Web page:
Professor Igor Sokolov Models the Shaping Mechanism of Nanoporous
Colloidal Silica Particles
Professor Igor Sokolov, of Clarkson University's Department of Chemistry,
is modeling the shaping mechanism of nanoporous colloidal silica
particles. After the discovery of the liquid crystal templating
[1, 2] of hexagonal, cubic and lamellar mesostructured silica, materials
chemistry leaped into the realm of design and synthesis of inorganics
with complex forms. Never before has it been possible to synthesize
inorganics with structural features of a few nanometers and architectures
over such large length scales, up to hundreds of microns. The anticipation
for discovery from mesoscale synthesis is comparable to high Tc
superconductors, porous silicon, conducting organic polymers, fullerenes
and carbon nanotubes. This mesochemistry is inspiring research in
materials science, solid state chemistry, semiconductor physics,
biomimetics and biomaterials. It represents a new way of thinking
about templated synthesis of materials over length scales that have
never been seen before in solid state chemistry.
Figure 5. Variety
of mesoporous shapes: (a) tubes, (b) discoids with protrusions,
(c) "seashell," (d) discoid of sunken shape, (e) "Moebius strip"
shape, (f) spin, (g) fat tube, (h) cone, (i) helix.
a more detailed understanding of supramolecular templating developed,
it became apparent that it also provided a vital and inspirational
link with nature's processing of bio-minerals. Many of these shapes
can be some parts for future nanomachines( Figure 5). Professor
Sokolov is studying the mechanisms of formation of these fascinating
shapes [3, 4]. Together with his graduate student Y.Kievsky, he
is synthesizing the shapes under diverse conditions using different
temperatures, different chemicals, and various mixing conditions.
Figures 6 and 7 show a nice agreement between his theory and
In addition to this modeling work, Professor Sokolov
is involved in the modeling of atomic structures of crystalline
surfaces. He also models the long-range force interaction between
nano/micro particles and various surfaces such as bacterial cell
walls used for bioremediation and wafer surfaces used in semiconductor
Figure 7. 3
D simulation of the discharge of internal stress inside a growing
discoid. Due to differential contraction a flat discoid (a)
evolves into either "sunken" (b) or "protruding" (c) shapes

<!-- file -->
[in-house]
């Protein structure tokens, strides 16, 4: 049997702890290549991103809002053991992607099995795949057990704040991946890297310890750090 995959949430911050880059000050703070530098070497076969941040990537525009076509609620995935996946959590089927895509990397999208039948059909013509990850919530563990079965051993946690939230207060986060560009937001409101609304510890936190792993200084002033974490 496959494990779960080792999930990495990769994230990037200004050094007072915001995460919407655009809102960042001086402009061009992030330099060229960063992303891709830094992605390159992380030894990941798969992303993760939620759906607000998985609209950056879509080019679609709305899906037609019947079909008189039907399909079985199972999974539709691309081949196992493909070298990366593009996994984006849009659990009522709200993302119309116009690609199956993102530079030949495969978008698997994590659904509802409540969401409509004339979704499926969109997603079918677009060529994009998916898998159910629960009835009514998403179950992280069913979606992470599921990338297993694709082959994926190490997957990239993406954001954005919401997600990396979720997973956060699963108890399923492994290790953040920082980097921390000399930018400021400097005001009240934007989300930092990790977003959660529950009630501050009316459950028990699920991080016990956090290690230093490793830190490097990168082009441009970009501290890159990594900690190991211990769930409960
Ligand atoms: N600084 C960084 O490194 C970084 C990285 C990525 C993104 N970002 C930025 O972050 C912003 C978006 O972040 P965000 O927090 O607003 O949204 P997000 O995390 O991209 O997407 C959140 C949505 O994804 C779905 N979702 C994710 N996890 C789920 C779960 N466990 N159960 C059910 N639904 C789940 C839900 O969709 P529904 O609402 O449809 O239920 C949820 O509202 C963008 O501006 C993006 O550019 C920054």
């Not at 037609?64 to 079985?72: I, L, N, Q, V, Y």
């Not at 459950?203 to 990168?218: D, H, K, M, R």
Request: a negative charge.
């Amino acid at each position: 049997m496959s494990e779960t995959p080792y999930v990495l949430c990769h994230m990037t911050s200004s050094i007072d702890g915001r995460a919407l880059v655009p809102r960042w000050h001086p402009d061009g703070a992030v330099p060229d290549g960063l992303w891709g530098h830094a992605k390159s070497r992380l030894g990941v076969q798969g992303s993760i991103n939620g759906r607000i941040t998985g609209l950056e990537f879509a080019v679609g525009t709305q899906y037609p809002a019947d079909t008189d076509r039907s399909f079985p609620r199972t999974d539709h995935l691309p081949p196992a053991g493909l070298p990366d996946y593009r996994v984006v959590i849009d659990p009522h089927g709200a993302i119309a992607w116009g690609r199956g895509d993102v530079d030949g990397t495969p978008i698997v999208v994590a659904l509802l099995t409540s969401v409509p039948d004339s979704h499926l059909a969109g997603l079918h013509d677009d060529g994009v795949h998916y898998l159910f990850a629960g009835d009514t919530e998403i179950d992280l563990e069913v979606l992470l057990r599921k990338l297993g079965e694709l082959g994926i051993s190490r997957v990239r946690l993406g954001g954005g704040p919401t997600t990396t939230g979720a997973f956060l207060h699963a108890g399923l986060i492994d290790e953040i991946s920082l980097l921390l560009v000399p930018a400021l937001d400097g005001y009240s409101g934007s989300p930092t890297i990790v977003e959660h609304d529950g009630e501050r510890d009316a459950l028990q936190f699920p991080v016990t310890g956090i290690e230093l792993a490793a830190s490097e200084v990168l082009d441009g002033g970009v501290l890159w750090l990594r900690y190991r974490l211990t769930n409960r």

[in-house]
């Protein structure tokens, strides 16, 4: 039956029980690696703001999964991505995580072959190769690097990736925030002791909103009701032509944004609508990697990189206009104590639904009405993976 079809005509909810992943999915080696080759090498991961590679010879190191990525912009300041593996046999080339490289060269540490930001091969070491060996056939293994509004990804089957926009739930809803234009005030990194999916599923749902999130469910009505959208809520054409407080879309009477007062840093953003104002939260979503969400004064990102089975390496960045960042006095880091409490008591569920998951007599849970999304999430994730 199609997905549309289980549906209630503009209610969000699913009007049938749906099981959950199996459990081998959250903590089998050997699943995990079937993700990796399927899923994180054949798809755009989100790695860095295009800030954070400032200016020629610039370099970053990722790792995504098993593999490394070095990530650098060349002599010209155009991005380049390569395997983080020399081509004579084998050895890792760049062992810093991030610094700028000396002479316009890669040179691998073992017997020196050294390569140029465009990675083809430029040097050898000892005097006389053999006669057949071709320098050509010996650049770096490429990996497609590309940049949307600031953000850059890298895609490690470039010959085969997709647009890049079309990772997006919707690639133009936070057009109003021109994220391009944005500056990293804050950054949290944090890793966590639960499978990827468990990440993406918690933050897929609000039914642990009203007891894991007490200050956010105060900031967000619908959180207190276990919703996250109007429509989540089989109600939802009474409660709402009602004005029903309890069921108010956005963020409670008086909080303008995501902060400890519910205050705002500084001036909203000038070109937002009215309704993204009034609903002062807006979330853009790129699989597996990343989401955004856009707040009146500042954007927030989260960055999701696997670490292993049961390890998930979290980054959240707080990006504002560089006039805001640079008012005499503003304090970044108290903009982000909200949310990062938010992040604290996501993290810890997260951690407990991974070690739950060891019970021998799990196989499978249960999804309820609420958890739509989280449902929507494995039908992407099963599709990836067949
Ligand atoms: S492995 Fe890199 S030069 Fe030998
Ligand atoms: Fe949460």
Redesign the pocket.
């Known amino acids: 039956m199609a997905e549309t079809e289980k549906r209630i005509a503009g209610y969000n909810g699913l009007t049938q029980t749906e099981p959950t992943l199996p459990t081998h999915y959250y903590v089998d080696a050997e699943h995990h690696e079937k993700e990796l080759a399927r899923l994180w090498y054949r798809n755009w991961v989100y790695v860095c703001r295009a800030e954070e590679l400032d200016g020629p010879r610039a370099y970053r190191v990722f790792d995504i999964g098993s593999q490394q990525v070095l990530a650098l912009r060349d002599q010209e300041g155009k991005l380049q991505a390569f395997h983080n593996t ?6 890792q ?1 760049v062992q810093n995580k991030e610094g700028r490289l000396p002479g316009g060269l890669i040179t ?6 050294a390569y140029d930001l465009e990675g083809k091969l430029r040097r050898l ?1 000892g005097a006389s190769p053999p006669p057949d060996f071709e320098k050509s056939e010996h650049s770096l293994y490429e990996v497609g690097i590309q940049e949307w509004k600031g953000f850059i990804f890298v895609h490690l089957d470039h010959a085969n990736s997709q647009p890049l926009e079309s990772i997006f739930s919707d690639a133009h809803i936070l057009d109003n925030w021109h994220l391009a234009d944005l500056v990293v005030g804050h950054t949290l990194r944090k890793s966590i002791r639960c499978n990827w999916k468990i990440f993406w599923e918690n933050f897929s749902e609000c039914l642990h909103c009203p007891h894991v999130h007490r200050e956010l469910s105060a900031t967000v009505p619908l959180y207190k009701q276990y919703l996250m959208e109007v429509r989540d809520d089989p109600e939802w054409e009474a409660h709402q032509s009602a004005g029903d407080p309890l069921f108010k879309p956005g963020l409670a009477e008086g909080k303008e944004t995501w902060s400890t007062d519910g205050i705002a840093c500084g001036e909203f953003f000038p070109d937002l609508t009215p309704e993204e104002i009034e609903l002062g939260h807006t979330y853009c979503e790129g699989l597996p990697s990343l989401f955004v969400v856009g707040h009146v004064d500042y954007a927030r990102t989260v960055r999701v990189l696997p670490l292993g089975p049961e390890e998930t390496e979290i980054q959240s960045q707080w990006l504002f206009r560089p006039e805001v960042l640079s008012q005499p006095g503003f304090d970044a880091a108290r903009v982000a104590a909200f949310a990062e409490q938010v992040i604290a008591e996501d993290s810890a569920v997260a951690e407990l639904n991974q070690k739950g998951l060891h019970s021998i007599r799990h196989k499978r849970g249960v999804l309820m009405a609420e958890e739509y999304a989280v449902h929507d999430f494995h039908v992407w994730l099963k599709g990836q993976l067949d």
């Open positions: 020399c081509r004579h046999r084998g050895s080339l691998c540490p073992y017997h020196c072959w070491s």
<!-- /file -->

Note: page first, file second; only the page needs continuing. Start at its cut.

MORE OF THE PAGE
(reference 3). For example, shape (b) closely resembles the
experimental shape in Figure 5c.
more information about Professor Igor Sokolov and his research,
you may call him at 315-268- 2375 or send email to firstname.lastname@example.org.
1. Kresge C.T., Leonowicz M., Roth W.J., Vartuli
J.C., and Beck J.C., "Ordered Mesoporous Molecular Sieves Synthesized
by a Liquid-Crystal Template Mechanism," Nature, 359, 710
2. Ozin G.A., Kresge C.T., Yang S.M., Yang H., Sokolov I. Yu., and
Coombs N., " Morphokinetics: Growth of Mesoporous Silica Curved
Shapes," Adv. Materials, 11, 52 (1999).
3. Yang M., Sokolov I.Yu, Coombs N., Kresge C.T., and Ozin G.A.,
" Supramolecular Origami: Hollow Helicoids of Mesoporous Silica,"
Adv. Mater., 11, 1427 (1999).
4. Sokolov I.Yu, Yang H., Ozin G.A., and Kresge C.T., " Radial Patterns
in Mesoporous Silica ," Adv. Mater., 11, 636 (1999).
Professor Cetin Cetinkaya is Modeling Acoustic Wave Propagation
in Thin-Layered Structures for Nondestructive Evaluation Applications
Cetin Cetinkaya, of Clarkson University's Department of Mechanical
and Aeronautical Engineering, and his research group have been developing
mathematical models for acoustic wave propagation in thin-layered
structures for nondestructive evaluation. Coating substrates with
thin layers of materials is a common practice in a wide spectrum
of applications. Uncertainties in the deposition process require
measurements and verification of the coating layer materials and
their geometric properties. The characterization of bonding quality
and the determination of the post-deposition bonding material properties
are also of great interest.
modeling work is being directed towards layered structures made
of polymeric materials with an arbitrary number of layers. The typical
layer thicknesses of the structures under investigation are in the
range of 10 mm to 500 mm.
However, the modeling work can be up- and down-scaled for thinner
or thicker layers without any modifications. His modeling efforts
are based on continuum mechanics. Using Navier's equations of motion
and integral transforms, a transfer matrix formulation between the
stress and displacement components on the surfaces of a layer has
been developed. See Figure 8. The main advantage of the transfer
matrix approach is that it allows the development of a consistent
formulation for structures with an arbitrary number of layers. Professor
Cetinkaya's research group has generalized this formulation for
layers with varying material properties and thermoelastic layers.
The varying layer formulation has great potential in evaluating
bonding quality of the interfacial layers. The thermoelastic formulation
has been developed for pulsed laser generated acoustic wave applications.
an experimental program has been developed to enhance the modeling
work. Professor Cetinkaya's research lab has state-of-the-art ultrasonic
testing equipment. An important aspect of the research program is
to verify the mathematical models with experimental studies. He
uses ultrasonics to address the evaluation needs and laser research
to target applications where non-contact operations are required.
more information about Professor Cetin Cetinkaya and his research,
you may call him at 315-268-6514 or send email to email@example.com.